In spite of the Yen falling 35% since 2011, Japan once again borders on deflation. Please consider Japan’s CPI falls to 0.9%.
Japanese core inflation last month fell below 1 per cent to a 13 month low, just weeks before prime minister Shinzo Abe heads to the polls to garner fresh support to push back a scheduled rise in sales tax.
Core consumer prices, all prices excluding fresh food, slowed to an annual pace of 2.9 per cent growth year-on-year in October, in line with forecasts. Stripped of any impact of the sales tax rise in April, core prices are up 0.9 per cent.
Highlighting the scale of the challenges facing the Abe administration, data released on Friday also showed households further tightening their purse-strings.
Household spending fell 4 per cent year-on-year, the seventh consecutive decline since the national sales tax was raised from 5 to 8 per cent in April. Retail sales dropped 1.4 per cent, reversing two months of gains.
The drop in core inflation comes not even 10 days after Haruhiko Kuroda, Bank of Japan governor, warned that a fall below 1 per cent was “possible”, in a reversal of comments made just four months ago.
Bankruptcies Soar in Yen Collapse
Here’s an interesting note regarding bankruptcies that I picked up from ZeroHedge: As Japanese Bankruptcies Soar, Goldman Warns “Further Yen Depreciation Could Be A Net Burden”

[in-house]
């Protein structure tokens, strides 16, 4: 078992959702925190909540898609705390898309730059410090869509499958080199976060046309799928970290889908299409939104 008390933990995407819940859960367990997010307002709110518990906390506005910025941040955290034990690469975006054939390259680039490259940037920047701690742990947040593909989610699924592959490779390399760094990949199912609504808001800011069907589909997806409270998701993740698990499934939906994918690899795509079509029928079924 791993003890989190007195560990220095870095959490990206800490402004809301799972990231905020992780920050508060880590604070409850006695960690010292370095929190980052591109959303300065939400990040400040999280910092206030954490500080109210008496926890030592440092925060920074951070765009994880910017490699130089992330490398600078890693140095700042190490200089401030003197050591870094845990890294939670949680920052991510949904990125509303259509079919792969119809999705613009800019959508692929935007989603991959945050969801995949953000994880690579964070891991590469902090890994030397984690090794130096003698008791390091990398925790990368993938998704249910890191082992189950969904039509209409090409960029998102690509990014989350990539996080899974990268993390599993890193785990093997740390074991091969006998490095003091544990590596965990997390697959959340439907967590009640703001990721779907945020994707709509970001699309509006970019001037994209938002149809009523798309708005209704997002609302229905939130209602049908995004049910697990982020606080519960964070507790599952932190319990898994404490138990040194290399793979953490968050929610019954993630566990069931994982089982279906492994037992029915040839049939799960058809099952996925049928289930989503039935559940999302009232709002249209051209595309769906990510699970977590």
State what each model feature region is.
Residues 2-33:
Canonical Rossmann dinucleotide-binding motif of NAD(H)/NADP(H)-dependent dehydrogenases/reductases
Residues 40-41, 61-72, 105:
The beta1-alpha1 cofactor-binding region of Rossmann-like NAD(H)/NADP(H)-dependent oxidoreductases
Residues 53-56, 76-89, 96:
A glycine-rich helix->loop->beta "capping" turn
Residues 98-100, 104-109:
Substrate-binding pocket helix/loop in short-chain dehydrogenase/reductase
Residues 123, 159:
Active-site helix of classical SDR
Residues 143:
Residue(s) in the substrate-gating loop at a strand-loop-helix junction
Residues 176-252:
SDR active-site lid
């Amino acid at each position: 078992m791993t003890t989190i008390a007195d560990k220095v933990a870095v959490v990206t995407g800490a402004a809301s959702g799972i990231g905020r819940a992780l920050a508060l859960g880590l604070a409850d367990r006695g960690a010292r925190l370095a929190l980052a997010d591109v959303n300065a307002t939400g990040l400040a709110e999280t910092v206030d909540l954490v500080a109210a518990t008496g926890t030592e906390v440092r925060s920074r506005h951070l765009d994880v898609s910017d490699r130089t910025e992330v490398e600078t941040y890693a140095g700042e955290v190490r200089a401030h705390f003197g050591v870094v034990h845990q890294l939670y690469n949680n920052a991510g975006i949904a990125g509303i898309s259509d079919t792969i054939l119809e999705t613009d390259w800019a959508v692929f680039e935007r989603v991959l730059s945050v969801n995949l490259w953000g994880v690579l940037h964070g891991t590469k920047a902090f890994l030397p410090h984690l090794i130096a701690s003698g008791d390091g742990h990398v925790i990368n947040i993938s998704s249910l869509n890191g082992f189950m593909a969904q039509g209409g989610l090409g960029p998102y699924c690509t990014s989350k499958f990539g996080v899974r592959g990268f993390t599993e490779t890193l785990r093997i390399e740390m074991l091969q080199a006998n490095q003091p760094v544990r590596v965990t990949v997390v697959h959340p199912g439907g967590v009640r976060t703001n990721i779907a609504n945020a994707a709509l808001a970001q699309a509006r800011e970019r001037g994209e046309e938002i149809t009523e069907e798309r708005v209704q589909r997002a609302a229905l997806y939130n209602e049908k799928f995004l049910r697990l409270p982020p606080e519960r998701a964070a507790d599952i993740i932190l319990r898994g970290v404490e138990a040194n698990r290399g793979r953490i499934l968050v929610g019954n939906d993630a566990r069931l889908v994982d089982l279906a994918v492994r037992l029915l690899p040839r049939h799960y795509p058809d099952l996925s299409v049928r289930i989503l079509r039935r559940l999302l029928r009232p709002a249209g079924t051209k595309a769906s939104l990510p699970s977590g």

According to a recent bankruptcy survey by Tokyo Shoko Research, there were 214 bankruptcies due to the weak yen in January-September 2014, which is 2.4 times the 89 seen in January-September 2013. Far more of the bankruptcies were in the nonmanufacturing sector—81 in transport, 41 in wholesale trade, 19 in services, and 11 in retail—than in the manufacturing sector (44), which is consistent with our analysis based on the input/output tables.
Surprisingly, the number of bankruptcies since 2013 due to yen depreciation far surpasses the number of bankruptcies in 2009-2011 due to yen appreciation.
Bankruptcies Caused by Falling Yen
The Japanese consumer is faced with a falling yen, much higher taxes, and counting taxes prices much higher. The only saving grace for Japan has been falling energy prices.
Yet, prime minister Shinzo Abe Wants inflation and more of it. It’s madness.
Mike “Mish” Shedlock